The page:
Private costs of carbon emissions abatement by limiting beef consumption and vehicle use in the United States
A popular strategy for mitigating climate change is to persuade or incentivize individuals to limit behaviors associated with high greenhouse gas emissions. In this study, adults in the mid-Atlantic United States bid in an auction to receive compensation for eliminating beef consumption or limiting vehicle use. The auction incentivized participants to reveal their true costs of accepting these limits for periods ranging from one week to one year. Compliance with the conditions of the auction was confirmed via a random field audit of the behavioral changes. The estimated median abatement costs were greater than $600 per tCO2e for beef consumption and $1,300 per tCO2e for vehicle use, values much higher than the price of carbon offsets and most estimates of the social cost of carbon. Although these values may decline over time with experience or broader social adoption, they imply that policies that encourage innovations to reduce the costs of behavior change, such as meat alternatives or emission-free vehicles, may be a more fruitful than those that limit beef consumption or vehicle use.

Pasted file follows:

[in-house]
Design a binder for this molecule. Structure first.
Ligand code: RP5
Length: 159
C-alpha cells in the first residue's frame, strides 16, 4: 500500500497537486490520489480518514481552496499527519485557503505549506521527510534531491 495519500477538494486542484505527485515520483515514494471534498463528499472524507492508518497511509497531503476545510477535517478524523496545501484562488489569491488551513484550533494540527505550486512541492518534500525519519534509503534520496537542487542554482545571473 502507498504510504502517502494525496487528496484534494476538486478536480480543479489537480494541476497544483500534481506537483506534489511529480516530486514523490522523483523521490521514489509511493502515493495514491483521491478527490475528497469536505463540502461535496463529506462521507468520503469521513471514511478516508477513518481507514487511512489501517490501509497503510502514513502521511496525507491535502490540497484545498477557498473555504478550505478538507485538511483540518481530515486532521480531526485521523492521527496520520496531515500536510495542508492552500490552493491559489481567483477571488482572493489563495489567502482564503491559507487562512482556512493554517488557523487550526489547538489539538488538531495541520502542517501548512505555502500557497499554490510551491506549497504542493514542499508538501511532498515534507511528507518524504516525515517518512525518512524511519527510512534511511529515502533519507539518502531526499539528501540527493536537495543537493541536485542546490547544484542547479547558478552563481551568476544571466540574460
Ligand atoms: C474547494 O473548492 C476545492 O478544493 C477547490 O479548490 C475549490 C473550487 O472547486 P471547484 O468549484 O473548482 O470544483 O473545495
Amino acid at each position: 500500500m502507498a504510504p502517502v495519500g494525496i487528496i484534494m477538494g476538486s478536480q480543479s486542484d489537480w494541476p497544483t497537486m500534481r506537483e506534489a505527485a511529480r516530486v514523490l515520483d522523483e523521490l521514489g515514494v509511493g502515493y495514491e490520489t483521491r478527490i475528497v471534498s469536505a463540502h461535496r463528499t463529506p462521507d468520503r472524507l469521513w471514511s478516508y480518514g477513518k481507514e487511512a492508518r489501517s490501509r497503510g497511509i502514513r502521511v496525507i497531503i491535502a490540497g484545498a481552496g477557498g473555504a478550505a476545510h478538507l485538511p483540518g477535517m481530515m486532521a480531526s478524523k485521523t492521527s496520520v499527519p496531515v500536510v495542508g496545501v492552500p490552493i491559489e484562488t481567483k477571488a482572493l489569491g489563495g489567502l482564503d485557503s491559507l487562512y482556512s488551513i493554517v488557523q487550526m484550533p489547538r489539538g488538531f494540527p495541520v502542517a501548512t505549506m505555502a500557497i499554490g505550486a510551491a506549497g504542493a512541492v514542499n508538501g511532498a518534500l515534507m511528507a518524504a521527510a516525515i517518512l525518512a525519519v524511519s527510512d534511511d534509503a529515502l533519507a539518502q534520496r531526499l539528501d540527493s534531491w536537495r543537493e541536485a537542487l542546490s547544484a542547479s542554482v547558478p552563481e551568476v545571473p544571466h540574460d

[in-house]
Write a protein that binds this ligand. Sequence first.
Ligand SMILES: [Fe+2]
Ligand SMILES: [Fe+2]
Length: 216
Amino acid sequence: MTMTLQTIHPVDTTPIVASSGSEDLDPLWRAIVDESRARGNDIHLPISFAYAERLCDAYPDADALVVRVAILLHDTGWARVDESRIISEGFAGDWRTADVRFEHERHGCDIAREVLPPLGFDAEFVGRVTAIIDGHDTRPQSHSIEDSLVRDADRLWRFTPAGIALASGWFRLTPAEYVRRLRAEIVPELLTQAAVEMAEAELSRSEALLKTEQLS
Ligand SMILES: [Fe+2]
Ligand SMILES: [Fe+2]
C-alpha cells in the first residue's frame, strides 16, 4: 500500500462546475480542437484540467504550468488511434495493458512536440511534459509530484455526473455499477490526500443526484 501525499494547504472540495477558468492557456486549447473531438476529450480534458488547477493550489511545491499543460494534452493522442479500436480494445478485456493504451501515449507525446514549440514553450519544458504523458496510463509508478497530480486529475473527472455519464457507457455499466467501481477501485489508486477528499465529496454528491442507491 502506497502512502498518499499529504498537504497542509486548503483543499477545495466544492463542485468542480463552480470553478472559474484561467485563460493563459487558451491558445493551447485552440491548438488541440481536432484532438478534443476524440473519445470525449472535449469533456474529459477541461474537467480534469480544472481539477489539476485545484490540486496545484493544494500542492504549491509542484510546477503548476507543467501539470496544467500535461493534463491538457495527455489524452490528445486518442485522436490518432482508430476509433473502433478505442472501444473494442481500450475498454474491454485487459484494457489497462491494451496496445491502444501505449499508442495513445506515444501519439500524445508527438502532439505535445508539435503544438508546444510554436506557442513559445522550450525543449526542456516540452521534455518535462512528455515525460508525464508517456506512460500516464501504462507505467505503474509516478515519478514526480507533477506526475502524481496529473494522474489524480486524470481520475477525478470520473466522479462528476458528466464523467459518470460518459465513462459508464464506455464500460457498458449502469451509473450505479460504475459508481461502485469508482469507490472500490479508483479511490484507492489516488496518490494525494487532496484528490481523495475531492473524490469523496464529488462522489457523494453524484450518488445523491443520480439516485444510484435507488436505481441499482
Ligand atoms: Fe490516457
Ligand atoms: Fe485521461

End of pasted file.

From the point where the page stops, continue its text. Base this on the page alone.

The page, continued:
This article was originally published in PLoS ONE. The version of record is available at: https://doi.org/10.1371/journal.pone.0261372
McFadden BR, Ferraro PJ, Messer KD (2022) Private costs of carbon emissions abatement by limiting beef consumption and vehicle use in the United States. PLoS ONE 17(1): e0261372. https://doi.org/10.1371/journal.pone.0261372